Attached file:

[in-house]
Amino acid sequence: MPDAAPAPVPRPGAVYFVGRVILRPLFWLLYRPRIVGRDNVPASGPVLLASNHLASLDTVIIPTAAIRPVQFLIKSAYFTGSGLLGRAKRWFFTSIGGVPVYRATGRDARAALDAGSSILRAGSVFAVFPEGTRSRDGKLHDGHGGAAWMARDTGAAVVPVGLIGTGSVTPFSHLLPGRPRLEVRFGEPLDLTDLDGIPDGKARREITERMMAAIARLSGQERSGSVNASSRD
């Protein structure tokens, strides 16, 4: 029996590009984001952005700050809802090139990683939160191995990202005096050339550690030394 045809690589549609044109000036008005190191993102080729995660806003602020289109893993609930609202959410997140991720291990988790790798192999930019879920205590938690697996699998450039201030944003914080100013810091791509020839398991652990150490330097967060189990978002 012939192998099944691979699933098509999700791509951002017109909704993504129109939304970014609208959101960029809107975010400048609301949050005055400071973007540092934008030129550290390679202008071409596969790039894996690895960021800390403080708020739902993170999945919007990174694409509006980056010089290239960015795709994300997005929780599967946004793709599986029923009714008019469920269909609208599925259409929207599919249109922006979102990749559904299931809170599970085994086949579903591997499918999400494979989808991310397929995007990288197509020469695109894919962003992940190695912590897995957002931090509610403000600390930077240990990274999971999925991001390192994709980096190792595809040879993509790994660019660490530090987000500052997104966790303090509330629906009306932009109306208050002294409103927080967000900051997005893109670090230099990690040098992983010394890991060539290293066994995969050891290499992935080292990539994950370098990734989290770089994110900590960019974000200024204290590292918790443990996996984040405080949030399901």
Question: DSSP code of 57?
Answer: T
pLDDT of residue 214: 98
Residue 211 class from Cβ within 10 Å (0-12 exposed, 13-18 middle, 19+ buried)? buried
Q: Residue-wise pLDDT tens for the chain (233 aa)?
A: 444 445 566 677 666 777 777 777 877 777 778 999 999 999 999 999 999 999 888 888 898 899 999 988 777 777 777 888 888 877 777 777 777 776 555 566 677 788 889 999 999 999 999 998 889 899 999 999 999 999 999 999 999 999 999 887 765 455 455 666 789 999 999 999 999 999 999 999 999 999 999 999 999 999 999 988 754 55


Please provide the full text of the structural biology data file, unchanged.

[in-house]
Amino acid sequence: MPDAAPAPVPRPGAVYFVGRVILRPLFWLLYRPRIVGRDNVPASGPVLLASNHLASLDTVIIPTAAIRPVQFLIKSAYFTGSGLLGRAKRWFFTSIGGVPVYRATGRDARAALDAGSSILRAGSVFAVFPEGTRSRDGKLHDGHGGAAWMARDTGAAVVPVGLIGTGSVTPFSHLLPGRPRLEVRFGEPLDLTDLDGIPDGKARREITERMMAAIARLSGQERSGSVNASSRD
């Protein structure tokens, strides 16, 4: 029996590009984001952005700050809802090139990683939160191995990202005096050339550690030394 045809690589549609044109000036008005190191993102080729995660806003602020289109893993609930609202959410997140991720291990988790790798192999930019879920205590938690697996699998450039201030944003914080100013810091791509020839398991652990150490330097967060189990978002 012939192998099944691979699933098509999700791509951002017109909704993504129109939304970014609208959101960029809107975010400048609301949050005055400071973007540092934008030129550290390679202008071409596969790039894996690895960021800390403080708020739902993170999945919007990174694409509006980056010089290239960015795709994300997005929780599967946004793709599986029923009714008019469920269909609208599925259409929207599919249109922006979102990749559904299931809170599970085994086949579903591997499918999400494979989808991310397929995007990288197509020469695109894919962003992940190695912590897995957002931090509610403000600390930077240990990274999971999925991001390192994709980096190792595809040879993509790994660019660490530090987000500052997104966790303090509330629906009306932009109306208050002294409103927080967000900051997005893109670090230099990690040098992983010394890991060539290293066994995969050891290499992935080292990539994950370098990734989290770089994110900590960019974000200024204290590292918790443990996996984040405080949030399901």
Question: DSSP code of 57?
Answer: T
pLDDT of residue 214: 98
Residue 211 class from Cβ within 10 Å (0-12 exposed, 13-18 middle, 19+ buried)? buried
Q: Residue-wise pLDDT tens for the chain (233 aa)?
A: 444 445 566 677 666 777 777 777 877 777 778 999 999 999 999 999 999 999 888 888 898 899 999 988 777 777 777 888 888 877 777 777 777 776 555 566 677 788 889 999 999 999 999 998 889 899 999 999 999 999 999 999 999 999 999 887 765 455 455 666 789 999 999 999 999 999 999 999 999 999 999 999 999 999 999 988 754 55